Ds1 had been having counselling at school for 2 yrs, and we saw his counsellor (P and me - not Ds) last week and I was honest about our relationship difficulties with her, and talked about 'if we split up' he stormed out, and accused me of humiliating him. After the appt he wouldn't talk to me, but sped down a residential 20mph road at about 50mph with 2yo in the back. I didn't say anything because I knew he was doing to to scare me, and didn't want him to know he was or make it go on. It was only down a 100m or so stretch, then he went back to normal driving.

He asked ds1 if he should kill himself once when Ds was around 3. I mentioned it once since but never again because he was angry with me for mentioning it, said something like it was only once (it was) and I shouldn't make him feel bad about it. He often says he can't remember saying awful things, or doing bad stuff when he's been depressed.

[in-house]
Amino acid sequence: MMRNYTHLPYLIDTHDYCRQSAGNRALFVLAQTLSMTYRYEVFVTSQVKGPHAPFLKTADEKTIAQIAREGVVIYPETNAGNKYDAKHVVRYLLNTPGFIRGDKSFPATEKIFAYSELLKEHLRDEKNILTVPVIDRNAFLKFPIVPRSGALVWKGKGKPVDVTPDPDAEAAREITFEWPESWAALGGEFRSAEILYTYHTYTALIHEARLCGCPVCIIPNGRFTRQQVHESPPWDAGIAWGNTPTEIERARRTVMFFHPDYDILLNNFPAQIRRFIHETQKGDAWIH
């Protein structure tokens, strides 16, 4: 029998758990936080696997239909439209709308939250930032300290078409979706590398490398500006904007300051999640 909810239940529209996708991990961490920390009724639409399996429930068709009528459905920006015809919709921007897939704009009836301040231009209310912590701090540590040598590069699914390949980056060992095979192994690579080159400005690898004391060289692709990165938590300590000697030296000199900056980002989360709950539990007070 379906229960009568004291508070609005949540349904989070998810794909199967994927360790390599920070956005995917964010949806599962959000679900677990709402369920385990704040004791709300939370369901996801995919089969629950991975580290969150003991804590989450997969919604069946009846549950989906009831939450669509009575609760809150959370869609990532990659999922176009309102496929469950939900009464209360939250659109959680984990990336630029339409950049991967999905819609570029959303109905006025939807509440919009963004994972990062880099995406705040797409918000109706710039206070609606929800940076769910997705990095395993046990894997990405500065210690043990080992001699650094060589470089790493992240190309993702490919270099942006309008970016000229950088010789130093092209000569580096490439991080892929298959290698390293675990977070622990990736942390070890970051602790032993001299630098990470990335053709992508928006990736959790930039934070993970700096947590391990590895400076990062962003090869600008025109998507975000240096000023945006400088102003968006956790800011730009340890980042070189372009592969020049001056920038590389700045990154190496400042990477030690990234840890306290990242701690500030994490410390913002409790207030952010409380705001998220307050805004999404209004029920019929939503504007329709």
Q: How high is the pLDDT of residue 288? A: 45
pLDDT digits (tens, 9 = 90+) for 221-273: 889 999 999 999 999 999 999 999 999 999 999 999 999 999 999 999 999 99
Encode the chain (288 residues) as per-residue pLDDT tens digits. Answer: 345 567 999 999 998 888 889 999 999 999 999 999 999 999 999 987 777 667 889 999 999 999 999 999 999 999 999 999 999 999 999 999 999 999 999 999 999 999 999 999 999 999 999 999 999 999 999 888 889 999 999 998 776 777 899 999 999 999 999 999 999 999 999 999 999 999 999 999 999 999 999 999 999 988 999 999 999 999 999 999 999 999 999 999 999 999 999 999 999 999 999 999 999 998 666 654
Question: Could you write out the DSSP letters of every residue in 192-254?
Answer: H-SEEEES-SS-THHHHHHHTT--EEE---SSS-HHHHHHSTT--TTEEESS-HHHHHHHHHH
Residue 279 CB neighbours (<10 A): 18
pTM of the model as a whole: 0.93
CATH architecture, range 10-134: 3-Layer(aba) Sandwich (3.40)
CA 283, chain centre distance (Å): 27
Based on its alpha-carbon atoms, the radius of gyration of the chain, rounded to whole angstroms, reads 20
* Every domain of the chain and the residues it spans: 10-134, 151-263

It doesn't matter what nice things he says or does in between these things does it? They don't cancel it out do they?

NatalieRushman Thu 21-Jul-16 00:24:47

Op it's great that you realise what's going on and have the strength to say that it's wrong. Your dp is abusive, and you need to kick him out. You shouldn't feel any guilt at all about it.

Your ds is picking up this behaviour from his dad. You need to stop it, and the only that that can happen is by splitting with your dp. Please. For your dcs' sake, do it.

Get some legal advice as soon as possible. Give your dp a deadline to leave. If he gets violent, call the police. If he refuses to leave, lock him out.